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“Only a Statesman Shakes the Hand of a Rival”– Raila

Voters are due to go to the polls next August but Kenyatta will not be on the ballot due to a constitutional term limit of two, five-year terms.

Veteran opposition leader Raila Odinga launched his fifth bid for Kenya’s presidency on Friday, this time with the support of his former foe President Uhuru Kenyatta.

Voters are due to go to the polls next August but Kenyatta will not be on the ballot due to a constitutional term limit of two, five-year terms.

Odinga praised Kenyatta for initiating the dialogue that united them four years ago after a bitter dispute following the 2017 vote.

“It takes a seasoned statesman to shake the hand of his rival,” he told tens of thousands of supporters gathered at Nairobi’s main sports stadium.

Dressed in the orange and blue colors of Odinga’s Orange Democratic Movement (ODM) party, the supporters sang and danced at the rally. Some waved party and national flags.

In Odinga’s last three runs for office in 2007, 2013, he led his supporters to protest at the outcomes or challenge them in court, saying his victories were stolen. Deadly clashes followed the 2007 and 2017 votes.

But he made peace with Kenyatta in early 2018, effectively sidelining Kenyatta’s deputy William Ruto, who has been vocal about his own presidential ambitions.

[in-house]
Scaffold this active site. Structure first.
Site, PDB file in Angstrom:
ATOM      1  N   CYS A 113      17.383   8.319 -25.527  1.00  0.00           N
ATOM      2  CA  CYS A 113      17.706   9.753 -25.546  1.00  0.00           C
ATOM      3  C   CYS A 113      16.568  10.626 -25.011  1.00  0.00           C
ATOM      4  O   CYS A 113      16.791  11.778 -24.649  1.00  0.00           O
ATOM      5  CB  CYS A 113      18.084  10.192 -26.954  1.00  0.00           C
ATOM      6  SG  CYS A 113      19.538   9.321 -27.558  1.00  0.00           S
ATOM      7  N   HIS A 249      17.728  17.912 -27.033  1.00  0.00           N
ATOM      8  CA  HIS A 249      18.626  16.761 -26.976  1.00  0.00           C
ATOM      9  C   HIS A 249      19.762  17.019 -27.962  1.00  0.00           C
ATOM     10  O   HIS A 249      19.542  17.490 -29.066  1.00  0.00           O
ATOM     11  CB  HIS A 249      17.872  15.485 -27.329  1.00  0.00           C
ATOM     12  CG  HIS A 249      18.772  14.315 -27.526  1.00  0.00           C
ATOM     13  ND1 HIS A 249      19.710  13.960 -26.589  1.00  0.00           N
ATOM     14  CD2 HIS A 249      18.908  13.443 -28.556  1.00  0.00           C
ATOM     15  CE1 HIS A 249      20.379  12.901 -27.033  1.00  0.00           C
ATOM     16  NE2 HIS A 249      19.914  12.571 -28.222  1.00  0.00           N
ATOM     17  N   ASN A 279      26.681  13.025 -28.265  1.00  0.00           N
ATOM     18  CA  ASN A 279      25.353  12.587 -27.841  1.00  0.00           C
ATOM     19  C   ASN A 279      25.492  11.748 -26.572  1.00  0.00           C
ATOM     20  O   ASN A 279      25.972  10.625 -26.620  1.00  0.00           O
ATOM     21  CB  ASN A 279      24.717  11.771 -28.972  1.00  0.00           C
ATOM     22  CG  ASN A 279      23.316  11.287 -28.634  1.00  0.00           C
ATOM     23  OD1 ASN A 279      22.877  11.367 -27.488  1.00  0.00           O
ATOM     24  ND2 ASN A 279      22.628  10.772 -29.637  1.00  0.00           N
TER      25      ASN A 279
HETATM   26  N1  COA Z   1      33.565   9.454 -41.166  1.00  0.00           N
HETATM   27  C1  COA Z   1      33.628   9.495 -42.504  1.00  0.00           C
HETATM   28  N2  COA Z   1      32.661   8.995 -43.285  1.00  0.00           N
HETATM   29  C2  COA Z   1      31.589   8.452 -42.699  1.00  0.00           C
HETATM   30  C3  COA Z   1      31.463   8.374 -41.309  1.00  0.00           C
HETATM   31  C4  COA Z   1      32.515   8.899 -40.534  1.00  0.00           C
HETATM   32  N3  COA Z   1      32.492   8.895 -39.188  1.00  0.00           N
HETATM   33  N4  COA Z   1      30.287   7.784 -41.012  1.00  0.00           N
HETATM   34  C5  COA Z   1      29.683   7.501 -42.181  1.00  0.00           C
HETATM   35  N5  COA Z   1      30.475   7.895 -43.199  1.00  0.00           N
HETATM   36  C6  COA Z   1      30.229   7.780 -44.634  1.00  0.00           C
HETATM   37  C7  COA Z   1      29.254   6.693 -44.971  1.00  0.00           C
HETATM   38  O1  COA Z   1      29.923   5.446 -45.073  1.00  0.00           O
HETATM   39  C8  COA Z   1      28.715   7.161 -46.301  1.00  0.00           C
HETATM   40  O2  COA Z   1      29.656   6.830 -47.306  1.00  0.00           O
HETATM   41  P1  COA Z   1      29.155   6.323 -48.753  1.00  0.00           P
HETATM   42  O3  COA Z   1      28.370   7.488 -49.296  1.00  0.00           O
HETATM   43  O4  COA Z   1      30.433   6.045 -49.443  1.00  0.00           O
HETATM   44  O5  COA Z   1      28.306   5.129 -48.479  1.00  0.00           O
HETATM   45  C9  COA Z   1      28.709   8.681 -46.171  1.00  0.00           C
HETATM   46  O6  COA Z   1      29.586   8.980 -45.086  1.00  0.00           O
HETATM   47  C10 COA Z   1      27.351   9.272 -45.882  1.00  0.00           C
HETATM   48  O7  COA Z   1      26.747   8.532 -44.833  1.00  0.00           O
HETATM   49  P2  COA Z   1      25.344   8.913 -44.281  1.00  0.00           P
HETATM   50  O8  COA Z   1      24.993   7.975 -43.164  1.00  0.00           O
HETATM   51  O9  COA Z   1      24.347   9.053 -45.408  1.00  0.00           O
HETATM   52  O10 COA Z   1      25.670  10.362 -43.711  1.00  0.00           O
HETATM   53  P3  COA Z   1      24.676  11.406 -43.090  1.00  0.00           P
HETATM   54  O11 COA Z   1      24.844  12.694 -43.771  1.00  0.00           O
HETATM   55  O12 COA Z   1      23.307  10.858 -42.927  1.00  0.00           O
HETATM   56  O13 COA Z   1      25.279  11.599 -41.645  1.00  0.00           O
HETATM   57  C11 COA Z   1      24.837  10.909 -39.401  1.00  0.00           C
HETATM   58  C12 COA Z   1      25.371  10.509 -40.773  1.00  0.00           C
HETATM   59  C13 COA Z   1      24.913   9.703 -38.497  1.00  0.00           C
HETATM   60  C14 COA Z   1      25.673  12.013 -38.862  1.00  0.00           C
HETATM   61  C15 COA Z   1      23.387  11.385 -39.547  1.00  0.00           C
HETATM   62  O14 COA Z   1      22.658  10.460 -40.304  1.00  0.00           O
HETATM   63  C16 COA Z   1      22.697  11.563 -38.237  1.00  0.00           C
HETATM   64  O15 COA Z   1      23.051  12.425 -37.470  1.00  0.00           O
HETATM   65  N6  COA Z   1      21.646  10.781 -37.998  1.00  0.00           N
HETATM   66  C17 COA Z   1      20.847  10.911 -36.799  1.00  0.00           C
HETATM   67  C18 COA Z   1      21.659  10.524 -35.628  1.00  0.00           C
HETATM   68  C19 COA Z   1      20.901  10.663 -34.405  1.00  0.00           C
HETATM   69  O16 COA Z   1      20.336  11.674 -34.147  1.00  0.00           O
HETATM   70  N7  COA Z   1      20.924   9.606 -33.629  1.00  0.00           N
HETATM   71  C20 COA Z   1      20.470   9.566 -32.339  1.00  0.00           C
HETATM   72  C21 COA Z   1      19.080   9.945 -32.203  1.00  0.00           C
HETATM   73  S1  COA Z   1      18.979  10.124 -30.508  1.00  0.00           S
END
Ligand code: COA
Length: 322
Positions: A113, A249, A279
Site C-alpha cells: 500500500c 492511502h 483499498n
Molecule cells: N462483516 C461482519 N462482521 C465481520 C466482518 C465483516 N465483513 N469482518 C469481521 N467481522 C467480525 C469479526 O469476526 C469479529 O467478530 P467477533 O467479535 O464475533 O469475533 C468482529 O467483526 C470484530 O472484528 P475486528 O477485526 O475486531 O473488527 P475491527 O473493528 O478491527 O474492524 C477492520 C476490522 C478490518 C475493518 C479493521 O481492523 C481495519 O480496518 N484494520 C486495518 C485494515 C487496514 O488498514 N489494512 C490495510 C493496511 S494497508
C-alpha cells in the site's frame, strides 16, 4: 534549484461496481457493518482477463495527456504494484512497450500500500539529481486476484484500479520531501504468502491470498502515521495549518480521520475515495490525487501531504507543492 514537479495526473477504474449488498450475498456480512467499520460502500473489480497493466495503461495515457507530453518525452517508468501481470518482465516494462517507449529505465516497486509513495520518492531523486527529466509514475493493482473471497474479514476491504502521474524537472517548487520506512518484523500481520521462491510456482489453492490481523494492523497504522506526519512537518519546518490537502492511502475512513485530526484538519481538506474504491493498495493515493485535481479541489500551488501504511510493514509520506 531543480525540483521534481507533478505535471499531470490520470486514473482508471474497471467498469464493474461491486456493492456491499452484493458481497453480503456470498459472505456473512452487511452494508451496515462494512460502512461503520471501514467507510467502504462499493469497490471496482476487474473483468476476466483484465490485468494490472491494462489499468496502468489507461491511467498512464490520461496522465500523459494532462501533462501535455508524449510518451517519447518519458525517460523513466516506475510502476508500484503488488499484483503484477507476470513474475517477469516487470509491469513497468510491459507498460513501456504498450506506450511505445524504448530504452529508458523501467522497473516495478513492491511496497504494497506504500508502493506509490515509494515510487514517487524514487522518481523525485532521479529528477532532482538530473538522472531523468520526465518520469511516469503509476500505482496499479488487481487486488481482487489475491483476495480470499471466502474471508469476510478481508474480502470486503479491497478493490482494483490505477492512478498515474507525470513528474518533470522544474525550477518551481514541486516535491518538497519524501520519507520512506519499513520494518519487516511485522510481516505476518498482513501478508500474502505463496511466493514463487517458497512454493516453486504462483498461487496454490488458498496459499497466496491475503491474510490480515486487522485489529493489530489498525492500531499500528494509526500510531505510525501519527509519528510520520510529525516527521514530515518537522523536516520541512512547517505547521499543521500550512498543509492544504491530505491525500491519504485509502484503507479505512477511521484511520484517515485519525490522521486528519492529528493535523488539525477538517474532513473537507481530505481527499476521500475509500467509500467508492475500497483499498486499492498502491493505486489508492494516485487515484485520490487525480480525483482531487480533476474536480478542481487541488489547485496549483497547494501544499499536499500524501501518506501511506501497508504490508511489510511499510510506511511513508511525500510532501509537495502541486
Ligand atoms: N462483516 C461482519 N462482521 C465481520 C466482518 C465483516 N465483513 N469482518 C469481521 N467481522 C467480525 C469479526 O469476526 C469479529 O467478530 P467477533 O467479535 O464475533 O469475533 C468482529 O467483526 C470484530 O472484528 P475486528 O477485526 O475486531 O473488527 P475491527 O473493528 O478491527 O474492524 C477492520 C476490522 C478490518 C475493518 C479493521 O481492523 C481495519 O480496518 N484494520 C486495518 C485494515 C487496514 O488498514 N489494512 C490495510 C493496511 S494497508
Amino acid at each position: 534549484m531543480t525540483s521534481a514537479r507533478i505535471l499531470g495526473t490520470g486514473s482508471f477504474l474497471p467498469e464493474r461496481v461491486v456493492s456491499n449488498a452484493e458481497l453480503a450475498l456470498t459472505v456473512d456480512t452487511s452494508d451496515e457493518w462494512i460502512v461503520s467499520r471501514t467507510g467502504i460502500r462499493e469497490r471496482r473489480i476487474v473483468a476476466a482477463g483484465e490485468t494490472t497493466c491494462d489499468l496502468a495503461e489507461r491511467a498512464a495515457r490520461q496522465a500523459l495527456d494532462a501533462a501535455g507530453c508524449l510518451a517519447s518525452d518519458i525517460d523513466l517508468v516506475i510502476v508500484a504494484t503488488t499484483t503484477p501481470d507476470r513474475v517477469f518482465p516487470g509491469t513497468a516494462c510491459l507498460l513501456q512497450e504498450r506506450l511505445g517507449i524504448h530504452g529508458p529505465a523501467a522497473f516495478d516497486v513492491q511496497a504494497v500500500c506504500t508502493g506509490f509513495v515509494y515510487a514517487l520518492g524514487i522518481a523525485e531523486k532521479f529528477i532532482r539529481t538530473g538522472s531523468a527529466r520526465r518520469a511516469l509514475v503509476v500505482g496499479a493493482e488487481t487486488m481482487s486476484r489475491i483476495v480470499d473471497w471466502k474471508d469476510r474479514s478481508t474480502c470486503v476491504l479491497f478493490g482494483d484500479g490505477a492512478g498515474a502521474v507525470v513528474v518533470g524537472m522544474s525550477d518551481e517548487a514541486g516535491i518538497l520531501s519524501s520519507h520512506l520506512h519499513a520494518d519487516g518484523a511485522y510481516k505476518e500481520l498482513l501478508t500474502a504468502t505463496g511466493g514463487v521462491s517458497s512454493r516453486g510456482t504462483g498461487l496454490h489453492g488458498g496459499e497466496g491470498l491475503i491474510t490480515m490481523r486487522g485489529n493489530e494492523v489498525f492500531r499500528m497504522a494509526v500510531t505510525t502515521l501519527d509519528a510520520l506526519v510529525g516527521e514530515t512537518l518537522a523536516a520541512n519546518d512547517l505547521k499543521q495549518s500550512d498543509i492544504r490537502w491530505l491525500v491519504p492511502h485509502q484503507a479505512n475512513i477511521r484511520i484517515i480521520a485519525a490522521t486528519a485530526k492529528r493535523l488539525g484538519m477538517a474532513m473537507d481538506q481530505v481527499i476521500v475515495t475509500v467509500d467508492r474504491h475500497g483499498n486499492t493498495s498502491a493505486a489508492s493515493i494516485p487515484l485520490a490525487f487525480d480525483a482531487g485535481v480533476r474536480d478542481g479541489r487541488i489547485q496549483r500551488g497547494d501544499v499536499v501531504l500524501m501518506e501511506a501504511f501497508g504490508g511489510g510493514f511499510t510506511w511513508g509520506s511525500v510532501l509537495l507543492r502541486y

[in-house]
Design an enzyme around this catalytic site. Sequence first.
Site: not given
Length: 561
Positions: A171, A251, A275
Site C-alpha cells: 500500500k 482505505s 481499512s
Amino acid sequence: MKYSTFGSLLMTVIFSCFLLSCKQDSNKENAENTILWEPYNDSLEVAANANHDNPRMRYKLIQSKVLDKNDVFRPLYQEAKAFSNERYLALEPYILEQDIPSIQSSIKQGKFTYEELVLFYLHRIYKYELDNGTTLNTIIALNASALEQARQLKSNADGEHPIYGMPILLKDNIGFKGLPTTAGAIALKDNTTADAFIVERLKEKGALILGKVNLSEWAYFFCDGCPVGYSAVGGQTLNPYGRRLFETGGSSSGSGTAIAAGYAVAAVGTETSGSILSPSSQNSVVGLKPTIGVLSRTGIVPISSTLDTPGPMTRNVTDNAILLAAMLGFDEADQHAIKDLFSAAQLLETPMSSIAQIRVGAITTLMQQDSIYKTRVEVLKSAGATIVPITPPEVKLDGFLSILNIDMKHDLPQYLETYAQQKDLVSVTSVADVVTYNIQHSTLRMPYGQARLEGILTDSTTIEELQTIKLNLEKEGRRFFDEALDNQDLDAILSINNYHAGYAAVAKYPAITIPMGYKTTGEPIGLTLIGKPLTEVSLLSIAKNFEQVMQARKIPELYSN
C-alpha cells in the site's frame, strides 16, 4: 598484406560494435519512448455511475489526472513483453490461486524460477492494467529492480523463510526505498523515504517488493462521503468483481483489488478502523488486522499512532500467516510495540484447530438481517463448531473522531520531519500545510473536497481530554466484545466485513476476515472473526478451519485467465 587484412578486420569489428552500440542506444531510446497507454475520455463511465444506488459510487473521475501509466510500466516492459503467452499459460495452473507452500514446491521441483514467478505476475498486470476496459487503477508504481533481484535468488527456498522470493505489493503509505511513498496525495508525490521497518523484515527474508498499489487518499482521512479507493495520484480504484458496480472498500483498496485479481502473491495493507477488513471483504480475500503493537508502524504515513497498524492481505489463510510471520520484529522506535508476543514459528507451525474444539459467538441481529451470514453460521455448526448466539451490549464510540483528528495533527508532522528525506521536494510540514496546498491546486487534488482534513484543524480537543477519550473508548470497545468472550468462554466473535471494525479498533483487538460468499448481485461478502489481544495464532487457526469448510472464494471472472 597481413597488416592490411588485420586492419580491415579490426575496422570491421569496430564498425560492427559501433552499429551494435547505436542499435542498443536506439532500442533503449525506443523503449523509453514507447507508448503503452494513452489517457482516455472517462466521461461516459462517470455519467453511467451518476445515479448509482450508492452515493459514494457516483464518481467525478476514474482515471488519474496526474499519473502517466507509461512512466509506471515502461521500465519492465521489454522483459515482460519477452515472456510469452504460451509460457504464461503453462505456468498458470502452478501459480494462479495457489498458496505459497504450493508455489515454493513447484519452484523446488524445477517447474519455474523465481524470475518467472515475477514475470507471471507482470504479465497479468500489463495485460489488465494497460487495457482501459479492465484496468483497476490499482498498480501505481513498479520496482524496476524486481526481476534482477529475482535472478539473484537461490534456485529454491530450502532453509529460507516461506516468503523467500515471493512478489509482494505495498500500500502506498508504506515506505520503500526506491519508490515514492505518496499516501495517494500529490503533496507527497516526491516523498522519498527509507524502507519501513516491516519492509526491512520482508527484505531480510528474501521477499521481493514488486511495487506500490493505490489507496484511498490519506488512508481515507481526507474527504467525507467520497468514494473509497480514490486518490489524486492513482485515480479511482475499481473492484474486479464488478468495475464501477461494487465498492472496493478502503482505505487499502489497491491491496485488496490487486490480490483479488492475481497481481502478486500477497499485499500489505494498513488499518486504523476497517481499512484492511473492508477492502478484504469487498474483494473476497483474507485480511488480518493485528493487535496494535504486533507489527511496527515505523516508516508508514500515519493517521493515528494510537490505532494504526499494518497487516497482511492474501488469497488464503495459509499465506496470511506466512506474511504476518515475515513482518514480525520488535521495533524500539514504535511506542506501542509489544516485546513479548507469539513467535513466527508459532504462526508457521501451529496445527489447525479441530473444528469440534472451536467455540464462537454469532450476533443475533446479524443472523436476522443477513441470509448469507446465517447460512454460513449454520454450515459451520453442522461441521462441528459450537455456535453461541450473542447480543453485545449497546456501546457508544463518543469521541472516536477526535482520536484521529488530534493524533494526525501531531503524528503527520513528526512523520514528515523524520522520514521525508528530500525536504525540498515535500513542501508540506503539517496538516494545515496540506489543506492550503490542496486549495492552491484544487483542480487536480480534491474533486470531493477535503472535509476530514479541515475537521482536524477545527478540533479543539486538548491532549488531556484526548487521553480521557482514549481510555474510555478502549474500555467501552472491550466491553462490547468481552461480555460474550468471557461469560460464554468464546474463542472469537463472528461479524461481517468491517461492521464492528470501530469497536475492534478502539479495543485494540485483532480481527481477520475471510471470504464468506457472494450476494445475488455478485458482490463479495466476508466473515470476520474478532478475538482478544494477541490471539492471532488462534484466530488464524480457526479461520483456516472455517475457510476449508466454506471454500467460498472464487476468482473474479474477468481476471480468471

Several ministers and other senior officials attended the campaign launch. The vice chair of Kenyatta’s Jubilee party also addressed the crowd, underscoring the president’s support.

Odinga outlined a plan for improving socioeconomic welfare and said he would fight poverty.

Ruto, who quit Jubilee and is running on a new party called United Democratic Alliance (UDA), belongs to a different ethnic group in the Rift Valley.

Odinga and Ruto have already been battling it out on the campaign trail, especially in central Kenya, where Kenyatta’s ethnic Kikuyu votes are up for grabs.

Ruto fought alongside Odinga in 2007, when police crackdowns on protesters and clashes that turned into ethnic attacks killed more than 1,000 people in post-election violence, eventually prompting a new constitution to devolve power. Ruto teamed up with Kenyatta in 2013.

Odinga has secured the support of many of the central region’s business tycoons and ministers. Ruto has the backing of most of the region’s elected representatives.

Odinga has been touting his long experience in national leadership, including a stint as prime minister. He has also promised to stamp out widespread graft, give a monthly stipend of 6,000 shillings ($53) to the unemployed, and unite Kenya’s ethnic groups.

Ruto has also pledged to focus on the poor if elected.